May 6, 2014
2015 Hyundai Genesis. Click image to enlarge
Review and photos by Jacob Black
Vernon, BC – There are many ways to redefine a brand. You can pour money into new “strategic partnerships”, marketing and sponsorship to change your corporate image, you can even spend money on a new logo and name and a lot of advertising to establish a new brand altogether – or you can simply start changing the product until your old line is a distant memory and your new one dominates the consciousness.
The latter is what Hyundai is doing with the Genesis. All new for 2015, the Genesis will now be supplied in Canada exclusively with HTRAC all-wheel drive. There are three V6 trims, the $43,000 Genesis 3.8 Premium, $48,000 Luxury and $53,000 Technology, plus the $62,000 V8-powered Genesis 5.0 Ultimate. 5.0L V8 and 3.8L V6 have both been revised and are mated to the HTRAC AWD system via an eight-speed automatic gearbox.
Hyundai knows who its customer base is and knows its position in the market. In the presentation on demographics, National Manager of Product and Strategic Planning Michael Ricciuto said that unlike marques like Infiniti, who have produced premium cars on a non-premium platform, Hyundai designed the Genesis from the ground up to line up against the Audi A6, BMW 5 Series, Cadillac CTS, Lexus GS and Mercedes-Benz E-Class. But despite asserting that the Genesis is comparable or even better than cars from the list above, Ricciuto admits that Hyundai has a brand identity problem. The Genesis demographic will therefore be tech savvy, upwardly mobile professionals who are not brand conscious. Hyundai feels that if the name on the badge is not something a buyer is after, then the Genesis is the best large sedan option going.
And by “large” we mean “enormous”. Of the five cars Hyundai says the Genesis was designed to challenge it is the longest (4,990 mm), widest (1,890 mm) and has the longest wheelbase (4,990 mm). It’s also the heaviest at 1,948 kg for the base model and 2,143 kg for the fully loaded V8.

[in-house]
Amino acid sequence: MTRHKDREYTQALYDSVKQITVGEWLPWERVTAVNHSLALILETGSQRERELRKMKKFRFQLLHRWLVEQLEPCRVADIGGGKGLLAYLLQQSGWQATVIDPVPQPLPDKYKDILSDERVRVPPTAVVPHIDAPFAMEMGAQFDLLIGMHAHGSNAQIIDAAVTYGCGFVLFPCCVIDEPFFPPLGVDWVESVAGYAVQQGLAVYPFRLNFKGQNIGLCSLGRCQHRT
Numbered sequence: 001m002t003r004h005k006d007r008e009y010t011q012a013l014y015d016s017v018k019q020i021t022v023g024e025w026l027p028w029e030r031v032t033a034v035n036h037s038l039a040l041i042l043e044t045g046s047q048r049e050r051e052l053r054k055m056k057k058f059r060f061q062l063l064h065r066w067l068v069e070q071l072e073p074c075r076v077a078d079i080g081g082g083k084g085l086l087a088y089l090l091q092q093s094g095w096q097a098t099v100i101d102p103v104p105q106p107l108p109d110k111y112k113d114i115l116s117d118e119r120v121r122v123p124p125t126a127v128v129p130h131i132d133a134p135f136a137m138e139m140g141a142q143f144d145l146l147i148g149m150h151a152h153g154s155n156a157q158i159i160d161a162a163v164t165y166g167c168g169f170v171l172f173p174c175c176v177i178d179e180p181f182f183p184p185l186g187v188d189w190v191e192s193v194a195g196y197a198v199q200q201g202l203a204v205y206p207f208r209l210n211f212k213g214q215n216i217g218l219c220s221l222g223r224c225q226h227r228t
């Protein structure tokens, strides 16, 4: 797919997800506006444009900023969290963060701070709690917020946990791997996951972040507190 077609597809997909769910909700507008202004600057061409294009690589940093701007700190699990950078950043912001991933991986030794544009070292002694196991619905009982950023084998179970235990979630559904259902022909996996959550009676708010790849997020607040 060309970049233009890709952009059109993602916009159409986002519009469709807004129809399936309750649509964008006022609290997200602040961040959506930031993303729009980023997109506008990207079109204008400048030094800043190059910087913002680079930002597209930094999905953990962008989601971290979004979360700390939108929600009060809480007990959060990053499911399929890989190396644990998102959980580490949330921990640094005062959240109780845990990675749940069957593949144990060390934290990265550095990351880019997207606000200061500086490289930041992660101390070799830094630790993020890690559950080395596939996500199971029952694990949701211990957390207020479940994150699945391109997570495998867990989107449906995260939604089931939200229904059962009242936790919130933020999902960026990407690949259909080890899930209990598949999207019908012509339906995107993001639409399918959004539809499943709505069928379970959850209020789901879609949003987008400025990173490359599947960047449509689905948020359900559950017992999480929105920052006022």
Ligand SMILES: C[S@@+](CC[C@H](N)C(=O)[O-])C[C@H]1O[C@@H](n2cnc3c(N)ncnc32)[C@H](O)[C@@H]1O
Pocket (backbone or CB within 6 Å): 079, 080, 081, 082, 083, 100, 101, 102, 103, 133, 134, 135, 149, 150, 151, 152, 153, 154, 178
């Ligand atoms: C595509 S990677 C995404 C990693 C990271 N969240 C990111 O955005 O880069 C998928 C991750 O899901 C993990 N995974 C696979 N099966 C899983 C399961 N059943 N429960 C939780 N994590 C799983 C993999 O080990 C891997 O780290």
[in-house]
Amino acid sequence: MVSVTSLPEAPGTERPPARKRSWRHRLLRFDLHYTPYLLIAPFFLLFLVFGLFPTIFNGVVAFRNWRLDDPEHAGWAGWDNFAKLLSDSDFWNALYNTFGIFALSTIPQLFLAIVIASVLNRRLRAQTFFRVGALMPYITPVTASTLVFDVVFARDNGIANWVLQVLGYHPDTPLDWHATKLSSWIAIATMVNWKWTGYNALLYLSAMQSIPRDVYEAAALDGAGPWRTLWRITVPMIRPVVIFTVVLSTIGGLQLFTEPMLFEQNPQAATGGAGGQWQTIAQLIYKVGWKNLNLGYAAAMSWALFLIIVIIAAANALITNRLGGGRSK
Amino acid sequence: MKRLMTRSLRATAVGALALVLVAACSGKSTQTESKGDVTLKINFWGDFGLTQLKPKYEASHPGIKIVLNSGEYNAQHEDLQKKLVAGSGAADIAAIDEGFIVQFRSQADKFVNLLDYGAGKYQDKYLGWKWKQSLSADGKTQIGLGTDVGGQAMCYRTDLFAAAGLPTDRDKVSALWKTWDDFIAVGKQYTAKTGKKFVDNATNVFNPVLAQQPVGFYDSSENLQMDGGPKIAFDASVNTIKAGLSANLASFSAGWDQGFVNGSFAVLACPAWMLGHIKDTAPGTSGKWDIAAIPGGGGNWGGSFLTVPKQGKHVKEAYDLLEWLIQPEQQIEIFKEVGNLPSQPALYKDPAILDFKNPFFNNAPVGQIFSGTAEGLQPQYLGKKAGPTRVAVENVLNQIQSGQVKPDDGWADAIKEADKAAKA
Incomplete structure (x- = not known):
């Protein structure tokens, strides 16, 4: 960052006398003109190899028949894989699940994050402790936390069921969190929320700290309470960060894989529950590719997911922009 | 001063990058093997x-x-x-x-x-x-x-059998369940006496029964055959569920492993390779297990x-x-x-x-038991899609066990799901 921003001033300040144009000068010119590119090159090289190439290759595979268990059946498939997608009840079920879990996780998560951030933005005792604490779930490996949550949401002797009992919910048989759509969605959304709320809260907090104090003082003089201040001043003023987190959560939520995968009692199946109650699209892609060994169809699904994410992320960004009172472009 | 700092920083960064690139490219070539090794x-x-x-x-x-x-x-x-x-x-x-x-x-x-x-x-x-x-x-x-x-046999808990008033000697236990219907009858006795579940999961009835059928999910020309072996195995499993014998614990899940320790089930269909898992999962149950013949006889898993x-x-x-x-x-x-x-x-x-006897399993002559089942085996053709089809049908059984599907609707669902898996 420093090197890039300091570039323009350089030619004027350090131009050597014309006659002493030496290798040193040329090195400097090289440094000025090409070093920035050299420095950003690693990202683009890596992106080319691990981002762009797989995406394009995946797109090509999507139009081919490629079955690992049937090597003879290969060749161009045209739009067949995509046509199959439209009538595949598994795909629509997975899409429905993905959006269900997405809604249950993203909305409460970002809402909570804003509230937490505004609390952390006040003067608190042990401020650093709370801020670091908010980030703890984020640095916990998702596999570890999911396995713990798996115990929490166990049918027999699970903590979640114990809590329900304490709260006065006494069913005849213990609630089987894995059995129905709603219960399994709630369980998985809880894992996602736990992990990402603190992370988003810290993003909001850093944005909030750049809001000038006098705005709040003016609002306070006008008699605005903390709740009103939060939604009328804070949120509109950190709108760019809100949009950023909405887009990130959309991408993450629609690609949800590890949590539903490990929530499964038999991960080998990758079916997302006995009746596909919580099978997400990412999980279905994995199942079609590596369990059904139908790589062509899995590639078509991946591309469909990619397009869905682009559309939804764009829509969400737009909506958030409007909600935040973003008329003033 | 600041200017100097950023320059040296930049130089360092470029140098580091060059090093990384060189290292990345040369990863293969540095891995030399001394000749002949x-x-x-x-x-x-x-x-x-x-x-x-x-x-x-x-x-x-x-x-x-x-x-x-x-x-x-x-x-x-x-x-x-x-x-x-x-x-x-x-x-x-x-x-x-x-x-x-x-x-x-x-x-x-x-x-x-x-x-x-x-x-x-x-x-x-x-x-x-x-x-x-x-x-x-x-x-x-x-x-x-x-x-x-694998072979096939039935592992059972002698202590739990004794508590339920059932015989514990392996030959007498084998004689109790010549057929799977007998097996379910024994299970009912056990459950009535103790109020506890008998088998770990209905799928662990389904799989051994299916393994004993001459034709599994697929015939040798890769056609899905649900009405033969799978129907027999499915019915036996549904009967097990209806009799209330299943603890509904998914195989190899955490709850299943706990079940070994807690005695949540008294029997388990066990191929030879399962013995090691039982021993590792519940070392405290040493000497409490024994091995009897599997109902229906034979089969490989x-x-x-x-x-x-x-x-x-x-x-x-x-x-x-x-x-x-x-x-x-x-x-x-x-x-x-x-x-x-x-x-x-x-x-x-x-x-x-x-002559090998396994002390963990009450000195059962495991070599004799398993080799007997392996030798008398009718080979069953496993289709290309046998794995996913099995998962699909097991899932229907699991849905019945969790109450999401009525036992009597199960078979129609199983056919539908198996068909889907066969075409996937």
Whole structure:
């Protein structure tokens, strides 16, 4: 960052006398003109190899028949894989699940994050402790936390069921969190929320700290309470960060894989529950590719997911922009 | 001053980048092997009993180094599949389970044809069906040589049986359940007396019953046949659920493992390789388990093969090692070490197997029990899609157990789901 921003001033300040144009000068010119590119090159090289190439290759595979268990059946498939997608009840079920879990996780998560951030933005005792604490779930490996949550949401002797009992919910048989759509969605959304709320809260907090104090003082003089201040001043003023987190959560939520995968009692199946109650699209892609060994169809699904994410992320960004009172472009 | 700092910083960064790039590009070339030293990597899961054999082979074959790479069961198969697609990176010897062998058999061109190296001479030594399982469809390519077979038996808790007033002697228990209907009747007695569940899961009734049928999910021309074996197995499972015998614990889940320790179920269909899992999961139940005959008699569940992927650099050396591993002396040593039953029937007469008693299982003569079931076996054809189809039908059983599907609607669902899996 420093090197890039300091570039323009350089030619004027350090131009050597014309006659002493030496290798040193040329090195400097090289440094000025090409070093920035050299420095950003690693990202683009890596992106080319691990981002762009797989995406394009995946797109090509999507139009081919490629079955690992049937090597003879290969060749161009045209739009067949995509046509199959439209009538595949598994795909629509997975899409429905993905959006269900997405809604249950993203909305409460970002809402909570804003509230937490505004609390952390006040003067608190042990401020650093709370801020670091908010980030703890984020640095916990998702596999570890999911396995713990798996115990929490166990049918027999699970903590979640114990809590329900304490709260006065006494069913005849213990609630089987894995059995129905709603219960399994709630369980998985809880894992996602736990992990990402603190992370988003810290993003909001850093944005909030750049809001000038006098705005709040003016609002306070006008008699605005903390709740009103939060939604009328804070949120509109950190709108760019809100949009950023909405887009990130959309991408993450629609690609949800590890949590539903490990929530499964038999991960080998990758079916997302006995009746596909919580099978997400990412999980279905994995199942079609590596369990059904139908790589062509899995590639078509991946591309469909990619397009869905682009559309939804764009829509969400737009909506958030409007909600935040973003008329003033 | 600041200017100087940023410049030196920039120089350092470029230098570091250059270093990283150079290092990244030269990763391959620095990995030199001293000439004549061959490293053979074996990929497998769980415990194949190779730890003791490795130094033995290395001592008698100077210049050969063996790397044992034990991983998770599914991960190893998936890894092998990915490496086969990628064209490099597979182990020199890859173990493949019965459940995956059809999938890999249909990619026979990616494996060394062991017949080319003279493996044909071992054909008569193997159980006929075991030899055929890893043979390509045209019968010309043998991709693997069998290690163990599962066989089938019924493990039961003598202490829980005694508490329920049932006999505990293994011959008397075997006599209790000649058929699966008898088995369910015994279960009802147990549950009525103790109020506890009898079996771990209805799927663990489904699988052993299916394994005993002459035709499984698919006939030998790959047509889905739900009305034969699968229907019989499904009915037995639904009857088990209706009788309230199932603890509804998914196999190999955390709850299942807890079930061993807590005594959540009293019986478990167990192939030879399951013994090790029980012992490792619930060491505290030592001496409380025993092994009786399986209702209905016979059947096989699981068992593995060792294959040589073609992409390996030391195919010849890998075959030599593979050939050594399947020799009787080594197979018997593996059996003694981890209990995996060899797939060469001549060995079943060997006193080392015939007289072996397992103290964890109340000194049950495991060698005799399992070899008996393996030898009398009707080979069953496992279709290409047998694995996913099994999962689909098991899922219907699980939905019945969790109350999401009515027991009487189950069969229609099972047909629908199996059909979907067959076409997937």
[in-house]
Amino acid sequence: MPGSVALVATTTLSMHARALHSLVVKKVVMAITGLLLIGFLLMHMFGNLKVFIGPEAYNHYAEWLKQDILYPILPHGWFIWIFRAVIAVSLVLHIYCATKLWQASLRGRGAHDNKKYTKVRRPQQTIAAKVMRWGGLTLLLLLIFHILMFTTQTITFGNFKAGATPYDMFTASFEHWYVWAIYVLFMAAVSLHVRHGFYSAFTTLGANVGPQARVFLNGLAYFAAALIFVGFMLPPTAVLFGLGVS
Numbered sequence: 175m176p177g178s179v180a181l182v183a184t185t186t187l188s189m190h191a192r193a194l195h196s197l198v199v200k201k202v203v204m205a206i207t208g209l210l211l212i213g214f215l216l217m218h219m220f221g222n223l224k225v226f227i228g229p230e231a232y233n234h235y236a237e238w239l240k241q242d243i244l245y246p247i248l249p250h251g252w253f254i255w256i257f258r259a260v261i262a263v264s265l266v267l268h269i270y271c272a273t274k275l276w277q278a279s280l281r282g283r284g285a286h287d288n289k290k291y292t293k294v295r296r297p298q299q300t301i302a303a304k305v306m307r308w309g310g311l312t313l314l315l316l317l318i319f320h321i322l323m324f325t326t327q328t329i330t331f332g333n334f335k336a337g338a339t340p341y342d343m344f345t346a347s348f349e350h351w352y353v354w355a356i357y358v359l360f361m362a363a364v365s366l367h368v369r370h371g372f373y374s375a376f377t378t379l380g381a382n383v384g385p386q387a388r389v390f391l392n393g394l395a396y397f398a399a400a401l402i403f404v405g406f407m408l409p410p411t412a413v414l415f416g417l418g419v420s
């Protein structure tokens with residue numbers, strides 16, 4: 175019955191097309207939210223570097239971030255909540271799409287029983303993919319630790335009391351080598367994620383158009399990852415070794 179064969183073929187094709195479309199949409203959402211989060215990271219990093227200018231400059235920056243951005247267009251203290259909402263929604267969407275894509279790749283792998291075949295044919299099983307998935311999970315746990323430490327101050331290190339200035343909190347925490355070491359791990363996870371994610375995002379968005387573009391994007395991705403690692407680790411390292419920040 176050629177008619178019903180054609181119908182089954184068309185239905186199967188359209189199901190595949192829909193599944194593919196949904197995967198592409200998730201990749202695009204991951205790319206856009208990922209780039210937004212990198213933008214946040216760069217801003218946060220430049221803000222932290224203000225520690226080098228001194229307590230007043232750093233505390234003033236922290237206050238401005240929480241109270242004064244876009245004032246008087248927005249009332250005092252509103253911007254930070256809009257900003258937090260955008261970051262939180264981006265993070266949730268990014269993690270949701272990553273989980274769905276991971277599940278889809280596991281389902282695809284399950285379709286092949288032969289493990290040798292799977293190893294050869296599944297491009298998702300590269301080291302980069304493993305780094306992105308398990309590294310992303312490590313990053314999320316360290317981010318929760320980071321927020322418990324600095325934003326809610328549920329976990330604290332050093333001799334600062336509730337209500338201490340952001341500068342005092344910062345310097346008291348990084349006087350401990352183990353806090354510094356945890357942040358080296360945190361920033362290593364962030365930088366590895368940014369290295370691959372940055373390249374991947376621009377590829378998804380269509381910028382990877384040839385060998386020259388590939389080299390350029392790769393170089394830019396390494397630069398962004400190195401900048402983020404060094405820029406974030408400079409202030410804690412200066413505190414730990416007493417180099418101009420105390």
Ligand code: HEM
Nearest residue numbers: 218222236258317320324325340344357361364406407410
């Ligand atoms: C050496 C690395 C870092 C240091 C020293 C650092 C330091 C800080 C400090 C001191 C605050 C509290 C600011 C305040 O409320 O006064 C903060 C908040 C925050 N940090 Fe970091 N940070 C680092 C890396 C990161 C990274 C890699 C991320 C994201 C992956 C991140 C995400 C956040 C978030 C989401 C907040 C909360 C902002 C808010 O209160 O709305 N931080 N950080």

In this market, being the largest might actually be helpful. With bulk comes cargo volume and passenger volume; there is 3,052 L of interior volume and 433 L of cargo space in the boot. However, a lack of split-fold rear seats means cargo space is all but locked, with a ski pass-through the only nod to additional cargo practicality. Only the Mercedes-Benz and BMW best the Genesis on interior and cargo volume.
The Genesis benefits from the Fluidic Sculpture 2.0 design language that dictates a sloped-rear end and cabin-back profile à la Audi A7. Where the Elantra and Sonata are over-sculpted, the Genesis is more refined. The result is character lines that aren’t obnoxious and don’t detract from the elegance of the car’s profile. That profile silhouette is the defining feature according to Genesis chief designer John Krsteski, whom we interviewed at this past year’s Toronto Auto Show. The large grille and LED lights give the front end a decidedly upscale appearance. In fact, upscale features abound throughout the car, from the enormous panoramic sunroof to the projected “Genesis” logos that shine from the side-view mirrors when you approach the car, right through to those LED running lights and fog lights and the Napa leather interior.
There is even a proximity-triggered trunk lid, which is supposed to open whenever the driver is standing still behind the car for three seconds with the fob in their pocket – try as we might though, we couldn’t get it to work, leaving me the arduous task of using my pinky to press the power-trunk lid button. Woe is me.
2015 Hyundai Genesis headlights & dashboard. Click image to enlarge
Everywhere we drove, we were confronted by people demanding to know what sort of car this was – to a person they were all blown away when we pointed to the Hyundai badge on the trunk lid. This was even more impressive given our surroundings. Hyundai chose to launch the Genesis at the upscale Sparkling Hill Resort in Vernon, BC, set against the backdrop of the beautiful British Columbia interior. This is also wine country, and there is plenty of money around these parts; these are not people used to being dazzled by Korean cars. One person remarked that the car looked like a Bentley before climbing into his Mercedes-Benz with a contemplative look on his face.